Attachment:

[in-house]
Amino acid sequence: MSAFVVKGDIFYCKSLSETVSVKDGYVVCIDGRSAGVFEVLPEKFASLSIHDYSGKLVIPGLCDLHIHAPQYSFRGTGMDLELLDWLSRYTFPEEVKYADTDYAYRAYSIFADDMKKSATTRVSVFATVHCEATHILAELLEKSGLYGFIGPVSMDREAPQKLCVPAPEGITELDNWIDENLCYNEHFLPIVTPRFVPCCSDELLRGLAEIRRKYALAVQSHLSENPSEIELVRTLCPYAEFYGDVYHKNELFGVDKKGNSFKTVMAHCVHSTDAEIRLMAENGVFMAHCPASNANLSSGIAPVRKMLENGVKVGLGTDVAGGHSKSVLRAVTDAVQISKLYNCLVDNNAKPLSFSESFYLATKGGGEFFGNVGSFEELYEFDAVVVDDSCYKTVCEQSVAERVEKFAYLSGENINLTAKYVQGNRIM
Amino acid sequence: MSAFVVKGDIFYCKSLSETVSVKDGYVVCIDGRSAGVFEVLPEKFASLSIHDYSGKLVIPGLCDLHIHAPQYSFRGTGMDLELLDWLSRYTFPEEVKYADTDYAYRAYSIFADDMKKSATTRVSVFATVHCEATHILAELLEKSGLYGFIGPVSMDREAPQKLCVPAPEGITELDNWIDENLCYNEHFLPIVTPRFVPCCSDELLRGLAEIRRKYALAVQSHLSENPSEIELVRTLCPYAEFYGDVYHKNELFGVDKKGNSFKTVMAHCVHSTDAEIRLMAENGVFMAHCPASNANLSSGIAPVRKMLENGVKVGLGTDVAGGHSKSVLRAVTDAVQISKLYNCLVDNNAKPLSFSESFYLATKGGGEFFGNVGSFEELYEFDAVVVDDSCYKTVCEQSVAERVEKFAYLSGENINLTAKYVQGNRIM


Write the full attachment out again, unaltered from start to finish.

[in-house]
Amino acid sequence: MSAFVVKGDIFYCKSLSETVSVKDGYVVCIDGRSAGVFEVLPEKFASLSIHDYSGKLVIPGLCDLHIHAPQYSFRGTGMDLELLDWLSRYTFPEEVKYADTDYAYRAYSIFADDMKKSATTRVSVFATVHCEATHILAELLEKSGLYGFIGPVSMDREAPQKLCVPAPEGITELDNWIDENLCYNEHFLPIVTPRFVPCCSDELLRGLAEIRRKYALAVQSHLSENPSEIELVRTLCPYAEFYGDVYHKNELFGVDKKGNSFKTVMAHCVHSTDAEIRLMAENGVFMAHCPASNANLSSGIAPVRKMLENGVKVGLGTDVAGGHSKSVLRAVTDAVQISKLYNCLVDNNAKPLSFSESFYLATKGGGEFFGNVGSFEELYEFDAVVVDDSCYKTVCEQSVAERVEKFAYLSGENINLTAKYVQGNRIM
Amino acid sequence: MSAFVVKGDIFYCKSLSETVSVKDGYVVCIDGRSAGVFEVLPEKFASLSIHDYSGKLVIPGLCDLHIHAPQYSFRGTGMDLELLDWLSRYTFPEEVKYADTDYAYRAYSIFADDMKKSATTRVSVFATVHCEATHILAELLEKSGLYGFIGPVSMDREAPQKLCVPAPEGITELDNWIDENLCYNEHFLPIVTPRFVPCCSDELLRGLAEIRRKYALAVQSHLSENPSEIELVRTLCPYAEFYGDVYHKNELFGVDKKGNSFKTVMAHCVHSTDAEIRLMAENGVFMAHCPASNANLSSGIAPVRKMLENGVKVGLGTDVAGGHSKSVLRAVTDAVQISKLYNCLVDNNAKPLSFSESFYLATKGGGEFFGNVGSFEELYEFDAVVVDDSCYKTVCEQSVAERVEKFAYLSGENINLTAKYVQGNRIM